When my children were in elementary school, they had a great many wonderful teachers whom I still think of fondly. One of my (and their) favourites was Mrs. Sinclair. A bit of an artist, she was also kind, passionate and completely devoted to her students. So many parents have no idea just how much teachers go above and beyond the call of duty. One of Mrs. Sinclair’s ‘above and beyond’ activities was after-school drama. For months at a time, she cajoled, moulded and directed a loud, boisterous group of pre-pubescent grade 5/6 kids until somehow, a perfectly-formed play emerged and was presented at the end of each year. While my son (my eldest) was in her class, I unwittingly became her barometer for how good the play was. If I was crying, it was a hit. If I was sobbing pretty much the whole time, it was Oscar worthy. She would watch for me in the audience – sitting holding my best friend’s hand as we both cried unashamedly throughout the entire performance. My tears never seemed to bother my son much – it was just a part of the whole ‘play’ experience.
And then two years later, along came my daughter. “Mom, don’t you DARE embarrass me by crying during my play!” she warned me before the first play she acted in under Mrs. Sinclair’s tutelage. It was hard, but I managed to keep my eyes from leaking during the performance (I admit that they got a little damp: there are limits to a mother’s self control). I got through the whole thing, right up to the standing ovation of all the proud parents in attendance, when I saw Mrs. Sinclair scurrying over, a worried look on her face. “Was the play okay?” she asked me, with a look of consternation. ”It was AMAZING! It was WONDERFUL!” I gushed, surprised that she even needed to ask.
“But…” she stammered, “You didn’t cry. Not once. There must have been SOMETHING wrong.” I burst out laughing and explained my daughters’ pre-play instructions. As a little girl, it was always like that: her brother was always going to be the star of the play and she was always going to be ‘Soldier # 3’. And she wanted it that way. No making a scene; no standing out; no being noticed.
What is rather funny is that despite trying really hard to be invisible all those years ago, she is anything but. She is an animal-rights activist. She decided to become a vegetarian when she could no longer look at the food she was eating and reconcile that with what it took to get that food to her table. Years ago, when she was just a teenager, she made me promise never, never, never to eat foie gras after she learned what geese went through to become foie gras (it is a promise I have kept). She was volunteering at the SPCA when she was 13 years old. She has traveled all over the world; sometimes with a friend; often alone. She speaks her mind. Always. And while I know she is capable of impeccable manners, she talks more like a soldier during times of war than a well-bred young lady. She has taught me the most colourful words – in French and in English – for parts of her anatomy that I was careful to teach properly when she was a little girl. While she has occasionally been forced (kicking and screaming) into a dress she prefers jeans, tank tops and sneakers. I would be willing to bet that she hasn’t spent much more than 5$, all told, on make-up in her entire life (a bit like her Mama about that). She is a dog whisperer – she has never met a dog who is not absolutely devoted to her. She is a qualified lifeguard and an accomplished scuba diver. And she is kind: when I stopped, a few years back, to help a lady whose wheel had fallen off the car, my daughter was out of the car and on her way to help before I had put my own car in ‘park’.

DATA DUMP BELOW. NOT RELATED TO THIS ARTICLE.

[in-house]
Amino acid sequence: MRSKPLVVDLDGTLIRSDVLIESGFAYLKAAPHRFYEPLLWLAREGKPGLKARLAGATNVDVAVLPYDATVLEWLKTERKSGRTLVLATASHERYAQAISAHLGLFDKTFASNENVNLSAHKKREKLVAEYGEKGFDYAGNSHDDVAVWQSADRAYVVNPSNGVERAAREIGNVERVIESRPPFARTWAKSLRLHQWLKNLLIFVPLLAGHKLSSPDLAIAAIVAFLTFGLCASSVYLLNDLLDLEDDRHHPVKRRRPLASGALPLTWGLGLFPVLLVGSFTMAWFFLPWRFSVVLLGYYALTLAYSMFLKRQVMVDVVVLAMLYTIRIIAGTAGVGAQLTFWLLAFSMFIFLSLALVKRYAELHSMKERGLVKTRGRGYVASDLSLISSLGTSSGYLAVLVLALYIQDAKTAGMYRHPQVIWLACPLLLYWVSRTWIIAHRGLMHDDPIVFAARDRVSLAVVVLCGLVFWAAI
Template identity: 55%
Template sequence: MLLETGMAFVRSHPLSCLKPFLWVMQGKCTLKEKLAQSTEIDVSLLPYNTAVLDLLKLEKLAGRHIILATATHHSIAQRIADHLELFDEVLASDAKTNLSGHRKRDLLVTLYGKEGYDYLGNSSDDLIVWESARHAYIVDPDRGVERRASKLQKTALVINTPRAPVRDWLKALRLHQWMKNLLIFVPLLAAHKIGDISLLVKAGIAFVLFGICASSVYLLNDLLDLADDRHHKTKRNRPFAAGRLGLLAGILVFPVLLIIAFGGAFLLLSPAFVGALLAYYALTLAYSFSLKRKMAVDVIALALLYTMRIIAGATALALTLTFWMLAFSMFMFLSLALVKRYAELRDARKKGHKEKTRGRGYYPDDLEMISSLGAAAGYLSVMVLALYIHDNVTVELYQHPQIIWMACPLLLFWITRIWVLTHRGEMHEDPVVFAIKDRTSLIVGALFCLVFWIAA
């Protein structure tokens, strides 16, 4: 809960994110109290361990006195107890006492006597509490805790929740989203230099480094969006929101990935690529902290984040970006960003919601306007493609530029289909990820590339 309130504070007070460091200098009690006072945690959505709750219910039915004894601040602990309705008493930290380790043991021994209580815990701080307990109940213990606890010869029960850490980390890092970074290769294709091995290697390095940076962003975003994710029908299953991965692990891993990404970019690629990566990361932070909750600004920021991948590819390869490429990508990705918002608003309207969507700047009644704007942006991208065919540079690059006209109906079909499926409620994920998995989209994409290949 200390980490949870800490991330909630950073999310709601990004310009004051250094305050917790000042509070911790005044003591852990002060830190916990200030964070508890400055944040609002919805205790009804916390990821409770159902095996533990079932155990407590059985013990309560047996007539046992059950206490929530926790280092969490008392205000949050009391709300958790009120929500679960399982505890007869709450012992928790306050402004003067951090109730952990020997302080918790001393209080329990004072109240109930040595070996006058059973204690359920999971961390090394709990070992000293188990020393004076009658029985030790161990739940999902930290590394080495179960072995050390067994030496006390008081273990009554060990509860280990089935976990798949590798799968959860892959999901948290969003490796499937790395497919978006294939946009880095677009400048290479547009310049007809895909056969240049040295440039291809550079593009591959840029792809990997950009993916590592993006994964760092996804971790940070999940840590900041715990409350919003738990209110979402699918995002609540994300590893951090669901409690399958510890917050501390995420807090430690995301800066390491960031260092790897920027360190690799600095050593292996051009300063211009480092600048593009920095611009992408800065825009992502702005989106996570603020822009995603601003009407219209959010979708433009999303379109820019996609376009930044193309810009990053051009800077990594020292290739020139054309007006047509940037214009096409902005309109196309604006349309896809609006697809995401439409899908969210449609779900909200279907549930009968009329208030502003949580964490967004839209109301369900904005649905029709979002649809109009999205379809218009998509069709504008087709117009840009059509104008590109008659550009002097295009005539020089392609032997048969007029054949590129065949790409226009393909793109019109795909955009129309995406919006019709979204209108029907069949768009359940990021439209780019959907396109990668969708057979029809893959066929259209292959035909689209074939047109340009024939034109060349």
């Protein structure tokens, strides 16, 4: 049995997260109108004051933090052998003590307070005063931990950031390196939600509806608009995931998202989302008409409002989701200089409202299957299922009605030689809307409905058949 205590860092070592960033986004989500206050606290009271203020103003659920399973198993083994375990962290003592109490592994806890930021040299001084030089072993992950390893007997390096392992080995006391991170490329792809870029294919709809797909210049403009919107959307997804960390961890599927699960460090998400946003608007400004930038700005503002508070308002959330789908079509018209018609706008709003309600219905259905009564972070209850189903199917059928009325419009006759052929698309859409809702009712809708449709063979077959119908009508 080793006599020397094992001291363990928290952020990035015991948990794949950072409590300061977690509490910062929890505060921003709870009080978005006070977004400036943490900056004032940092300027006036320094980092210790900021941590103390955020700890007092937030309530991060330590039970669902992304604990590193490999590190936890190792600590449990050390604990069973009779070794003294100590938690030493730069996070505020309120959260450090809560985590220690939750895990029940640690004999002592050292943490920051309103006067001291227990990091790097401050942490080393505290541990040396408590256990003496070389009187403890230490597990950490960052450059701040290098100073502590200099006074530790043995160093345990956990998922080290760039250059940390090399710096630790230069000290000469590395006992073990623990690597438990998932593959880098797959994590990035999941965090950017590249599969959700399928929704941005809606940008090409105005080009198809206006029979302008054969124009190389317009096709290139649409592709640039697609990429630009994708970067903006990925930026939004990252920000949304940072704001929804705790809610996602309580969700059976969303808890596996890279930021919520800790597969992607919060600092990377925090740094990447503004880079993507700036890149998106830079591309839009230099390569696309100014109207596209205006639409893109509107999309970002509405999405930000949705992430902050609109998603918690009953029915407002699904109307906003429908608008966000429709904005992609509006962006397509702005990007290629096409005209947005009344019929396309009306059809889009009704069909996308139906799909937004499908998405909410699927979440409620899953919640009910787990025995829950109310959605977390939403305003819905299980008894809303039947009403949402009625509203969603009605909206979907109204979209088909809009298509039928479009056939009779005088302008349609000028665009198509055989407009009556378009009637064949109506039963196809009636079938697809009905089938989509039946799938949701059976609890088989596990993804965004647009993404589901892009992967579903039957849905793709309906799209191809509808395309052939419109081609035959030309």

Despite being one of the most interesting people I know, my daughter has never liked making a big thing about her accomplishments. Which is why I rarely write about her. She has made it so clear that she doesn’t WANT me to. She is very, very private. She hates social media. When we Skyped the other day, she laughingly called me a ‘Feminazi’ because lately, I can’t keep seem to keep my political opinions to myself when I am on Facebook. “You don’t have to tell the ENTIRE WORLD what you are thinking, Mom,” she said to me, rolling her eyes in mock exasperation. “And for the record, NO ONE on Facebook wants to be ‘friends’ with that ONE annoying person who posts like, 50 times a day.” Predictably, she wrote to me a few minutes after we ended our 2+ hour Skype chat, worried that she had gone too far.
Life, especially with her Mom, is always about balancing her over-the-top personality with the soft, vulnerable, kind and loving interior that she is careful to keep hidden from the rest of the world at all times. Because that is her biggest secret: just like the Step-Father she so resembles, she presents to the world as a T-Rex, when anyone who knows and loves her is well aware that underneath, she is really just a Teddy Bear.
But shhhh…don’t tell anyone I said so…
Patti Moore Wilson/© wednesdayschildca.wordpress.com